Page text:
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Perception of Plant Volatiles

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How plants can smell danger

When under attack, a plant releases a chemical to warn other parts to start building up their defences. New research aims to better understand how this built-in security system works.

Fundamental Research

How do plants ‘smell’ danger? That’s the question behind the EU-funded PERVOL project. “When plant leaves come under attack by an insect, they immediately begin releasing a distinct blend of volatile chemicals, which we call volatiles,” explains project coordinator Matthias Erb, who is also a professor at the Institute of Plant Sciences at the University of Bern. These volatiles are perceived by other parts of the plant, causing them to build up a more robust response against the attack. What Erb wanted to know was how plants can sense these volatiles. Do they use receptors similar to animals? How do they translate the perceived cues into defence responses? “Understanding how plants perceive volatiles would push the boundaries of plant signalling research,” he says. “It would also open the door to translating this perception into potential agricultural applications.”

Pushing boundaries

For the PERVOL project, pushing said boundaries began with developing an innovative volatile sampling system. The system combines robotic technology, a customised airflow system, and a proton transfer reaction mass spectrometer. It was developed with the support of TOFWERK, abon LIFE SCIENCES and BIBUS. “Our system is capable of recording the volatile fingerprints of over 100 different sources simultaneously,” notes Erb. “Together with a temporal resolution below 30 minutes, we’ve set a new standard in the field of plant volatile research.” With this system in hand, the researchers next set out to identify the genetic basis and biological consequences of plant volatile perception. “We uncovered that maize plants integrate two volatile cues, indole and hexenyl acetate, into strong and specific defence responses that enhance their resistance against chewing herbivores.” The researchers also studied rice plants, where they found that indole enhances the deployment of the plant’s early defence signalling pathway, including a specific mitogen-activated kinase pathway. Upon indole perception, this kinase increases the production of jasmonate stress hormones, which ultimately leads to a stronger defence.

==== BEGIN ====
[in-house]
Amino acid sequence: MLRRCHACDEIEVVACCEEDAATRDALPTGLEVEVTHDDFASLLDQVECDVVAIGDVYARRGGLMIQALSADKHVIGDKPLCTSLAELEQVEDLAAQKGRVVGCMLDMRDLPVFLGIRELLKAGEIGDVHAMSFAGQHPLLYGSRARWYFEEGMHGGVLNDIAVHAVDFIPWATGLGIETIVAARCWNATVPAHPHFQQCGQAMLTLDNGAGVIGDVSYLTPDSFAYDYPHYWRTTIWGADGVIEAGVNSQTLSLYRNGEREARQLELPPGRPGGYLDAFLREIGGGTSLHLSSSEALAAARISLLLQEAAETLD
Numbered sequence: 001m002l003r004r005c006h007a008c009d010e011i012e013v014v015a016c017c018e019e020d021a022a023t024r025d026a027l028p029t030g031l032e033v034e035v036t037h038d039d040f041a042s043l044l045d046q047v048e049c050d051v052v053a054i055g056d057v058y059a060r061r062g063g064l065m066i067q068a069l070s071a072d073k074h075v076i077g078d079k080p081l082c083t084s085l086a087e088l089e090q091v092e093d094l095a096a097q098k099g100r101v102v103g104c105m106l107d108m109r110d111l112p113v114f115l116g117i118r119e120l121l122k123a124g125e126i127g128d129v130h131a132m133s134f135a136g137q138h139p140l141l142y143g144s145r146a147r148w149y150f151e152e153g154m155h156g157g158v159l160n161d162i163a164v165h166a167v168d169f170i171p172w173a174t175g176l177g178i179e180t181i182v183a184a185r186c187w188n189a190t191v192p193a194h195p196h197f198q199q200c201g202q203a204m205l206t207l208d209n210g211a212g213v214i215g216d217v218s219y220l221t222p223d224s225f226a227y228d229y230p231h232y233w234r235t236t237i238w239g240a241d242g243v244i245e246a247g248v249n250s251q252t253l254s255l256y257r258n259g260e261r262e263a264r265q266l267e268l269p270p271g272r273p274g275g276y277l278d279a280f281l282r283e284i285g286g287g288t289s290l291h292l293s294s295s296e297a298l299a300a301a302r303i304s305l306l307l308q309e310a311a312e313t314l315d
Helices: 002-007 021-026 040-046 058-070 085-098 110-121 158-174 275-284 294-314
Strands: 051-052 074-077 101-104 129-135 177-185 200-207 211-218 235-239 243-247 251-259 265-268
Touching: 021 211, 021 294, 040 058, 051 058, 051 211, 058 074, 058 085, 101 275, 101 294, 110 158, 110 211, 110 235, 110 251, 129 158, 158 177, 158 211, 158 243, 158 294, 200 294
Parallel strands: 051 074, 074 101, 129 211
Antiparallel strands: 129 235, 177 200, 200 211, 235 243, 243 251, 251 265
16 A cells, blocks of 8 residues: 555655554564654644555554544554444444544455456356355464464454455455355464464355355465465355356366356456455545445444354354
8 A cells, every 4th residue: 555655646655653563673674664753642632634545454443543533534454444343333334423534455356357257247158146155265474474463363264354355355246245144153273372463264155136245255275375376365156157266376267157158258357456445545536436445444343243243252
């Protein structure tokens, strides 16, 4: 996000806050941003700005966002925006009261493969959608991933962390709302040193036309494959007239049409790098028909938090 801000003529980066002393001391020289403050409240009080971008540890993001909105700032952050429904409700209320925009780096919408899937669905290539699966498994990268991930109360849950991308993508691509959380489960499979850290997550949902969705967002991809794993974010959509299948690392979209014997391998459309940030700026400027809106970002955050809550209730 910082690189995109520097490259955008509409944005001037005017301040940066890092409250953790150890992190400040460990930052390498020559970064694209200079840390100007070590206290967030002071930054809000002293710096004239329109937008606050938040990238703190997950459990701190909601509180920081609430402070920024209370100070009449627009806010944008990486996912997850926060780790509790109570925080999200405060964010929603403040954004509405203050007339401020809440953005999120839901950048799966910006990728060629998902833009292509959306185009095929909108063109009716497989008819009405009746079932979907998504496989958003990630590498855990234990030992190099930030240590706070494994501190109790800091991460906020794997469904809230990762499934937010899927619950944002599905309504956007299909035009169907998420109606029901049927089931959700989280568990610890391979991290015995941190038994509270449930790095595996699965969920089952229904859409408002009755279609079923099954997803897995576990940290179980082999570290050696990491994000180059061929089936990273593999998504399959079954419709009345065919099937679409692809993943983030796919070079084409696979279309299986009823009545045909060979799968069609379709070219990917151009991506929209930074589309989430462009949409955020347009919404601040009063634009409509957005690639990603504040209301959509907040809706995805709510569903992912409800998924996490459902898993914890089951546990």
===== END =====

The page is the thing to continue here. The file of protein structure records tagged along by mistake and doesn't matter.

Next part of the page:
New insights into plant volatiles

The PERVOL project, which received support from the European Research Council, succeeded at identifying the early signalling components required to perceive herbivore-induced volatiles in plants. “Having the possibility of doing high-resolution volatile screens across many plants has opened our eyes to the rapid and dynamic interplay that occurs between plants that exchange volatile cues,” remarks Erb. “It also advances the field of plant volatile research by providing new insights into the mechanisms of this fascinating phenomenon.” During the project, researchers uncovered a series of novel candidate genes with an unknown function that are likely involved in plant volatile perception and will require further investigation. “We plan to further explore the rapid exchange of volatile information between plants and continue our hunt for volatile perception mechanisms and potential receptors,” concludes Erb.


PERVOL, plants, volatiles, plant signalling, plant sciences, robotic technology, spectrometer

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